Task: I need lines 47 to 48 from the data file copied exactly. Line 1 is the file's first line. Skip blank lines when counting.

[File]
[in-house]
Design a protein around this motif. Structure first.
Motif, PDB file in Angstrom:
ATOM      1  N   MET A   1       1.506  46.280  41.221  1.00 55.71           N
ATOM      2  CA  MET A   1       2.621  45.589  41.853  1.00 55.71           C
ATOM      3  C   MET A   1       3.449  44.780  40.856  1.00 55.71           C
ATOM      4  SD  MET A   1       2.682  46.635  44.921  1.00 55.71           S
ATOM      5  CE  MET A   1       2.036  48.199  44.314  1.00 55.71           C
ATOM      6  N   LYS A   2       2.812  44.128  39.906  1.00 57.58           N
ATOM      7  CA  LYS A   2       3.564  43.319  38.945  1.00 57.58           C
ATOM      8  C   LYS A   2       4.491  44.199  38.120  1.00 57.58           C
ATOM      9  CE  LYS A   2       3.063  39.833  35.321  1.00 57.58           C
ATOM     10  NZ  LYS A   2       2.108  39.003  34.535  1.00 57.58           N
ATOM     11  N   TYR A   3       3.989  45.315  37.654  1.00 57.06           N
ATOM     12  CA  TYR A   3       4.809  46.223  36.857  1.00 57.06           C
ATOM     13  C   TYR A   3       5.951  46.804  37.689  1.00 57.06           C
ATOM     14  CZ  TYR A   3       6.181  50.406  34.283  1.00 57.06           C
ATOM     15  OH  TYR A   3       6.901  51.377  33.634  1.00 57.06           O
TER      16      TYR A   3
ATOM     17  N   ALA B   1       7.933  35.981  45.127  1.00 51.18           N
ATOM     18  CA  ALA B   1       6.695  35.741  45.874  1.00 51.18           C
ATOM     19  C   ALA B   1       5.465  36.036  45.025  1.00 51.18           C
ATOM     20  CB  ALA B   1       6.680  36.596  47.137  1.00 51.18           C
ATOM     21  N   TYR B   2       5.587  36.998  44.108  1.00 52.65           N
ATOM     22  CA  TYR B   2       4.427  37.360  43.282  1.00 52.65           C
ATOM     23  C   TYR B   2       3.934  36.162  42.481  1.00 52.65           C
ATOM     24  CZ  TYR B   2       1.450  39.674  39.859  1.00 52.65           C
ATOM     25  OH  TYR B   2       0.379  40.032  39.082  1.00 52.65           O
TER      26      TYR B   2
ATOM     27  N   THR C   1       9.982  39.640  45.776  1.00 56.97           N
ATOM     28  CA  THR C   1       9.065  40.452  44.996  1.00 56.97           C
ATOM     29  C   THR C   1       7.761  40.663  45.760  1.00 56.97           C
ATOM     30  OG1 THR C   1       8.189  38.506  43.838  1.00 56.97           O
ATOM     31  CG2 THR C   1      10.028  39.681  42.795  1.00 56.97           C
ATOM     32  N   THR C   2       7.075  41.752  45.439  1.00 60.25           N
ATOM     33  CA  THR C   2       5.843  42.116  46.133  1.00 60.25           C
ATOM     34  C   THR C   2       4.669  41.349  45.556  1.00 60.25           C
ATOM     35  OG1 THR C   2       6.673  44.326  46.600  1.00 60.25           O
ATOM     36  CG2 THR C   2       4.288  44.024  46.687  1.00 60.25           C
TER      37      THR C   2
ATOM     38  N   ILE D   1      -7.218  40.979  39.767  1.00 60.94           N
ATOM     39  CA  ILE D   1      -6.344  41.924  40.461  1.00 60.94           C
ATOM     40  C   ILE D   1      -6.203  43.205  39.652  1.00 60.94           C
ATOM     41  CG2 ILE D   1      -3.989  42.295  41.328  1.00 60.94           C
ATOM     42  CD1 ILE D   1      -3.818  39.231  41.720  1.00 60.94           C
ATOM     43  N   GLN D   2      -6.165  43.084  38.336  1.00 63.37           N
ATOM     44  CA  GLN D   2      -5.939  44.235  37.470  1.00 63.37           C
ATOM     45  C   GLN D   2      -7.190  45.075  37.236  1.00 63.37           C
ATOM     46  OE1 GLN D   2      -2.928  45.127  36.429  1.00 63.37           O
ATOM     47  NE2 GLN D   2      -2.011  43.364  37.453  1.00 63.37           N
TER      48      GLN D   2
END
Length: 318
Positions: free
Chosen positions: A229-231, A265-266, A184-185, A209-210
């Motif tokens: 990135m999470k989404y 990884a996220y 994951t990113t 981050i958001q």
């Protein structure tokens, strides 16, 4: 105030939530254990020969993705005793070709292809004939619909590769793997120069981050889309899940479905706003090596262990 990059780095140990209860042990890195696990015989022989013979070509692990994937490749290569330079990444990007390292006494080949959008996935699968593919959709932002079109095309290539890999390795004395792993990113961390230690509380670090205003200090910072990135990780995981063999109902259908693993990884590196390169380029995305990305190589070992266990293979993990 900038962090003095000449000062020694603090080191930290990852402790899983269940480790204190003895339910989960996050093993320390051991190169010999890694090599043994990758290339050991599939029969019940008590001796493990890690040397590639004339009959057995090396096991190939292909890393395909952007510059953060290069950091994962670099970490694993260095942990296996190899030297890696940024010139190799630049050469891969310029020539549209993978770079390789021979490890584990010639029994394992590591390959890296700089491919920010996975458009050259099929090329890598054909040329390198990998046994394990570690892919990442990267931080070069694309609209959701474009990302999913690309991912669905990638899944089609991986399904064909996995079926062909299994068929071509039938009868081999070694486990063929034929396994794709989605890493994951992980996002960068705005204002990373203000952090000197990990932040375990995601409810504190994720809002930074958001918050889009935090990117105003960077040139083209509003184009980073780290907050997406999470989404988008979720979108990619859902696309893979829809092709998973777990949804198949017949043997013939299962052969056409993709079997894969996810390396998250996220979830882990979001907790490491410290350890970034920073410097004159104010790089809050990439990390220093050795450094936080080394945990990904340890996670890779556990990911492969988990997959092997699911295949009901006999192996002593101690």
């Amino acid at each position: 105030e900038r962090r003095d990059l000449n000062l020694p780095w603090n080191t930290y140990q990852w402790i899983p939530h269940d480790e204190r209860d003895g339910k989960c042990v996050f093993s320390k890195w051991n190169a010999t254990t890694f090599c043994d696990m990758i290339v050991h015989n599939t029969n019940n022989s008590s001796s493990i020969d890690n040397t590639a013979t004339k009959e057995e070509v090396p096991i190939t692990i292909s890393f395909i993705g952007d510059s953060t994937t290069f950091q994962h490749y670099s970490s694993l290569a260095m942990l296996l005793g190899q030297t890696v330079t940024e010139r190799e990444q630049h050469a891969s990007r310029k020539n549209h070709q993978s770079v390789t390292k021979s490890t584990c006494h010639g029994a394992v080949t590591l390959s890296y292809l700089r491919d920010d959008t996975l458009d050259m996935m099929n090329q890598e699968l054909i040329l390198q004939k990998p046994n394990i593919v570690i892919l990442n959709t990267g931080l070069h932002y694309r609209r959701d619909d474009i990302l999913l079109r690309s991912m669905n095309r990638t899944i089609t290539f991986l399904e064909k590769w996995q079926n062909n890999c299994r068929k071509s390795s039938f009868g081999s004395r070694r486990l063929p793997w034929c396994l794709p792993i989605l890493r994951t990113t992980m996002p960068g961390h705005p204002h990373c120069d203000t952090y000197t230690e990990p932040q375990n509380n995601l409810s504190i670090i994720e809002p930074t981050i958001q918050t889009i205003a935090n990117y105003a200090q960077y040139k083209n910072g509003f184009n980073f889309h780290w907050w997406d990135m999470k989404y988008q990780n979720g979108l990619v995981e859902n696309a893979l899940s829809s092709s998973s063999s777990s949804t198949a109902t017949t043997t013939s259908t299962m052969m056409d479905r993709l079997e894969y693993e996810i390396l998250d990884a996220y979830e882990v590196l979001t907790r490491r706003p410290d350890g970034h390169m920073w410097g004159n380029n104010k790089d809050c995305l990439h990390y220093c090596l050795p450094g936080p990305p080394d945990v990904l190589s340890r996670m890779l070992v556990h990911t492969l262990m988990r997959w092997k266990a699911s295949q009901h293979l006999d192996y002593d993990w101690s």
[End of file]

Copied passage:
ATOM     44  CA  GLN D   2      -5.939  44.235  37.470  1.00 63.37           C
ATOM     45  C   GLN D   2      -7.190  45.075  37.236  1.00 63.37           C